— Mike Anstead (@mike_anstead) December 26, 2016
“Don’t you think ordering 25,000 masks to protest about a perfectly reasonable red card in a position where we have the most cover is a bit much? No? Fine, you win.”
Best tactical move – Antonio Conte (Chelsea)
Conte’s switch to a three-man central defence has been the most successful tactical move of this Premier League season, but Conte caused another surprise on Boxing Day. The expectation was that Michy Batshuayi would start in Diego Costa’s absence, but Conte instead opted for Eden Hazard as a false nine.
Similarly to Alexis Sanchez at Arsenal, Hazard dropped deep to pick up the ball and wide to run at the full-backs, but was comfortably Chelsea’s best player. To touch the ball nine more times than any teammate from that advanced position indicates just how important he is to Chelsea’s attack. Conte has found his attacking Plan B.
Worst tactical move – Eddie Howe (Bournemouth)
Fair play to Howe for trying something different, but Bournemouth would have been far better sticking with the formation that his defenders know. Instead, Adam Smith effectively played as a right midfielder after being brilliant at full-back, and Simon Francis was dragged out to the right as a result. The lack of central defenders at Howe’s disposal meant that Charlie Daniels, who would be a superb left wing-back, was used in central defence with Brad Smith on the left. Was Tyrone Mings not fit enough to start centrally?
Premier League loan player – Sullay Kaikai (Brentford)
The lack of top-flight European football opened a window for a Football League loan player, and Sullay Kaikai fits through that window perfectly. Sam Allardyce might not be the perfect appointment for a young Crystal Palace player hoping to break into the first team, but all the player Wayne Rooney named his child after can do is his best.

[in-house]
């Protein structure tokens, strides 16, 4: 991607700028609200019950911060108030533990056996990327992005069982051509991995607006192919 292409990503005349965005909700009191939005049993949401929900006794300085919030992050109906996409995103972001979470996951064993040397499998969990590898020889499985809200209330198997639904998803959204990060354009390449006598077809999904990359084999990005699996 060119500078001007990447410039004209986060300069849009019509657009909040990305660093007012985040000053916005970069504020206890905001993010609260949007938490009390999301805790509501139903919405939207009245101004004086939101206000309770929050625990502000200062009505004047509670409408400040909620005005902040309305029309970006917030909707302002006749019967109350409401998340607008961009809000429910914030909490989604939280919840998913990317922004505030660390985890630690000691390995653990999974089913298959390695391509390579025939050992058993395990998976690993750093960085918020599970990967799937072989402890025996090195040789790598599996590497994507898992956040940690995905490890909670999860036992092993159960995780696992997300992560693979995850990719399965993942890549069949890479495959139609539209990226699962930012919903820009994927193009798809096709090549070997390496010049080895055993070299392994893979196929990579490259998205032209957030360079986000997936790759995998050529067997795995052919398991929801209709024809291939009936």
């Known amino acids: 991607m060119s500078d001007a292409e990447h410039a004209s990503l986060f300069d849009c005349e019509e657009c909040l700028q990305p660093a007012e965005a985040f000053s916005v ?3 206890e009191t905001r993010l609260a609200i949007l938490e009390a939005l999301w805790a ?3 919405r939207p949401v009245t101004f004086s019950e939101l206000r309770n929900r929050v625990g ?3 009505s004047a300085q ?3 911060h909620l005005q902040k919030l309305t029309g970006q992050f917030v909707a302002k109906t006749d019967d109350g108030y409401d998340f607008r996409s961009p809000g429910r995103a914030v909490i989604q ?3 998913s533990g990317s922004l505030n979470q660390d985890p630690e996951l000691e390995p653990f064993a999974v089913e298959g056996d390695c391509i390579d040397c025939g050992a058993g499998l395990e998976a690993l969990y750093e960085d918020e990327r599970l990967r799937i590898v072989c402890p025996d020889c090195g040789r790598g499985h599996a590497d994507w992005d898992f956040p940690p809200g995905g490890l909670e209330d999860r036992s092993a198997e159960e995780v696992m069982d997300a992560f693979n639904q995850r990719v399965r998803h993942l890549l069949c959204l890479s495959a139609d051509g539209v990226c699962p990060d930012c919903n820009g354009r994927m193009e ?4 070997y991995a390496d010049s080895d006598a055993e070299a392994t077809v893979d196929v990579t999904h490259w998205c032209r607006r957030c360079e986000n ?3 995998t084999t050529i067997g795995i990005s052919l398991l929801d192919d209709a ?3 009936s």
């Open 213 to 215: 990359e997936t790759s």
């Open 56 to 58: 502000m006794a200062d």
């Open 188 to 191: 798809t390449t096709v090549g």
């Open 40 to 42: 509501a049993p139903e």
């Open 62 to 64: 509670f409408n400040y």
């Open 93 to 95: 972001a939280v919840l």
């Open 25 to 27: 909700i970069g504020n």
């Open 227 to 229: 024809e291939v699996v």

Against Cardiff on Boxing Day, Kaikai scored twice, had the most shots of any player in the match and more shots on target than any other player too. Sound impressive, does it? He was only brought on in the 63rd minute.
Quote of the week
“The mascot is out of order, isn’t he? If someone is diving, they don’t get that angry. There’s contact. It wasn’t given. It’s up to Watford to sort it out, really. The Premier League and FA can look at that and do what they want to do” – Sam Allardyce.
You’re starting an argument with a furry hornet, Sam. Let it go.
Desperately thinking of the name of your first pet and your mum’s maiden name of the week
Safe to say Samir Nasri has had an…interesting night. pic.twitter.com/6EZXED5uhE
— From The Stands (@FromTStands) December 27, 2016
Samir Nasri’s ex-girlfriend gets her own back while he presumably struggled to change his password.
‘Stop. F**king. About’
Dembele of the week – Moussa Dembele (Celtic)
Ousmane hasn’t played. Mousa hasn’t played. Several other previous winners of this coveted award haven’t played over the last week either. Christmas week is a time when Dembeles are scarce on the ground. Yet there is still one.
Step forward one of the originals, Celtic’s Moussa Dembele. The 20-year-old was only introduced as a half-time substitute but still found time to assist Celtic’s second goal and score their third. Brendan Rodgers faces a fight to keep hold of him.
Writer of the week – Daniel Storey